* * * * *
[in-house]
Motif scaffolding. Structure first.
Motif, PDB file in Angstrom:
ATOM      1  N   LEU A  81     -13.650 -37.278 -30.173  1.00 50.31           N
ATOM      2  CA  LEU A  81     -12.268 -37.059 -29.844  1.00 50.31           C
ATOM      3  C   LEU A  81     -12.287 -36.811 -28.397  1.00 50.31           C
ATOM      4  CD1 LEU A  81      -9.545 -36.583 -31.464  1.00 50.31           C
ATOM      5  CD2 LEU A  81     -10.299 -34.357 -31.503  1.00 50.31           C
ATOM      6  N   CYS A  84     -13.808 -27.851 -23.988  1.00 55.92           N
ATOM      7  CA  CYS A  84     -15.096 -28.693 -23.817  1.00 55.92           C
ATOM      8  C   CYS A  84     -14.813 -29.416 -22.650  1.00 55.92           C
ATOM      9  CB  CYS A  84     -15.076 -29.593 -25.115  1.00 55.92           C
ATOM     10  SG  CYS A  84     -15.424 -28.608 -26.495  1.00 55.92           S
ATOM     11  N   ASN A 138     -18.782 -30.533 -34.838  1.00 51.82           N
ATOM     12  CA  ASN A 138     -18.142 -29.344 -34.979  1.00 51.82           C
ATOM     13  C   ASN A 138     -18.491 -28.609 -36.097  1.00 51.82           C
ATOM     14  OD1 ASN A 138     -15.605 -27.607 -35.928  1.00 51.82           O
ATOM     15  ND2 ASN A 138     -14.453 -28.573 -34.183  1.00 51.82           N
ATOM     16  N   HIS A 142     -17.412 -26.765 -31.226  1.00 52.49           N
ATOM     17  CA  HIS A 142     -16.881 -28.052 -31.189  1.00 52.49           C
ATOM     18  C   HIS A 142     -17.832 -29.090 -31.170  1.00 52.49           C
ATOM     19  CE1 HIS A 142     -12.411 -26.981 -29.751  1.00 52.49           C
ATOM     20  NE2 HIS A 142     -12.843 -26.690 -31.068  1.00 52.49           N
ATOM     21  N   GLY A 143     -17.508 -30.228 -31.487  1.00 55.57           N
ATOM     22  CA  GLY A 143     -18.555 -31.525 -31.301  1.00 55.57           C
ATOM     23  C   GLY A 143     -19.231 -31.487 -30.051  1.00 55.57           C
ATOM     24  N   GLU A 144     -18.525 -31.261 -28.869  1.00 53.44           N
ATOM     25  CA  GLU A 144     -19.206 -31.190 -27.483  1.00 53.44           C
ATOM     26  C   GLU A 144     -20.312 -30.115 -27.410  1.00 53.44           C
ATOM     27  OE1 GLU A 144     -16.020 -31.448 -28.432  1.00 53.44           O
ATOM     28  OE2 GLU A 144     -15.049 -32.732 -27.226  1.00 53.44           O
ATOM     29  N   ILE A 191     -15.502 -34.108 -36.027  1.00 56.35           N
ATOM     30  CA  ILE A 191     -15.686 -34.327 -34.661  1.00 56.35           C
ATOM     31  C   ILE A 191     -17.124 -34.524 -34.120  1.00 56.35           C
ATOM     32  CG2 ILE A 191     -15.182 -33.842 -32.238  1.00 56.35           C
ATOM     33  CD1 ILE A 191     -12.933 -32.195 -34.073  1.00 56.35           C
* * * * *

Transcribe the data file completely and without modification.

[in-house]
Motif scaffolding. Structure first.
Motif, PDB file in Angstrom:
ATOM      1  N   LEU A  81     -13.650 -37.278 -30.173  1.00 50.31           N
ATOM      2  CA  LEU A  81     -12.268 -37.059 -29.844  1.00 50.31           C
ATOM      3  C   LEU A  81     -12.287 -36.811 -28.397  1.00 50.31           C
ATOM      4  CD1 LEU A  81      -9.545 -36.583 -31.464  1.00 50.31           C
ATOM      5  CD2 LEU A  81     -10.299 -34.357 -31.503  1.00 50.31           C
ATOM      6  N   CYS A  84     -13.808 -27.851 -23.988  1.00 55.92           N
ATOM      7  CA  CYS A  84     -15.096 -28.693 -23.817  1.00 55.92           C
ATOM      8  C   CYS A  84     -14.813 -29.416 -22.650  1.00 55.92           C
ATOM      9  CB  CYS A  84     -15.076 -29.593 -25.115  1.00 55.92           C
ATOM     10  SG  CYS A  84     -15.424 -28.608 -26.495  1.00 55.92           S
ATOM     11  N   ASN A 138     -18.782 -30.533 -34.838  1.00 51.82           N
ATOM     12  CA  ASN A 138     -18.142 -29.344 -34.979  1.00 51.82           C
ATOM     13  C   ASN A 138     -18.491 -28.609 -36.097  1.00 51.82           C
ATOM     14  OD1 ASN A 138     -15.605 -27.607 -35.928  1.00 51.82           O
ATOM     15  ND2 ASN A 138     -14.453 -28.573 -34.183  1.00 51.82           N
ATOM     16  N   HIS A 142     -17.412 -26.765 -31.226  1.00 52.49           N
ATOM     17  CA  HIS A 142     -16.881 -28.052 -31.189  1.00 52.49           C
ATOM     18  C   HIS A 142     -17.832 -29.090 -31.170  1.00 52.49           C
ATOM     19  CE1 HIS A 142     -12.411 -26.981 -29.751  1.00 52.49           C
ATOM     20  NE2 HIS A 142     -12.843 -26.690 -31.068  1.00 52.49           N
ATOM     21  N   GLY A 143     -17.508 -30.228 -31.487  1.00 55.57           N
ATOM     22  CA  GLY A 143     -18.555 -31.525 -31.301  1.00 55.57           C
ATOM     23  C   GLY A 143     -19.231 -31.487 -30.051  1.00 55.57           C
ATOM     24  N   GLU A 144     -18.525 -31.261 -28.869  1.00 53.44           N
ATOM     25  CA  GLU A 144     -19.206 -31.190 -27.483  1.00 53.44           C
ATOM     26  C   GLU A 144     -20.312 -30.115 -27.410  1.00 53.44           C
ATOM     27  OE1 GLU A 144     -16.020 -31.448 -28.432  1.00 53.44           O
ATOM     28  OE2 GLU A 144     -15.049 -32.732 -27.226  1.00 53.44           O
ATOM     29  N   ILE A 191     -15.502 -34.108 -36.027  1.00 56.35           N
ATOM     30  CA  ILE A 191     -15.686 -34.327 -34.661  1.00 56.35           C
ATOM     31  C   ILE A 191     -17.124 -34.524 -34.120  1.00 56.35           C
ATOM     32  CG2 ILE A 191     -15.182 -33.842 -32.238  1.00 56.35           C
ATOM     33  CD1 ILE A 191     -12.933 -32.195 -34.073  1.00 56.35           C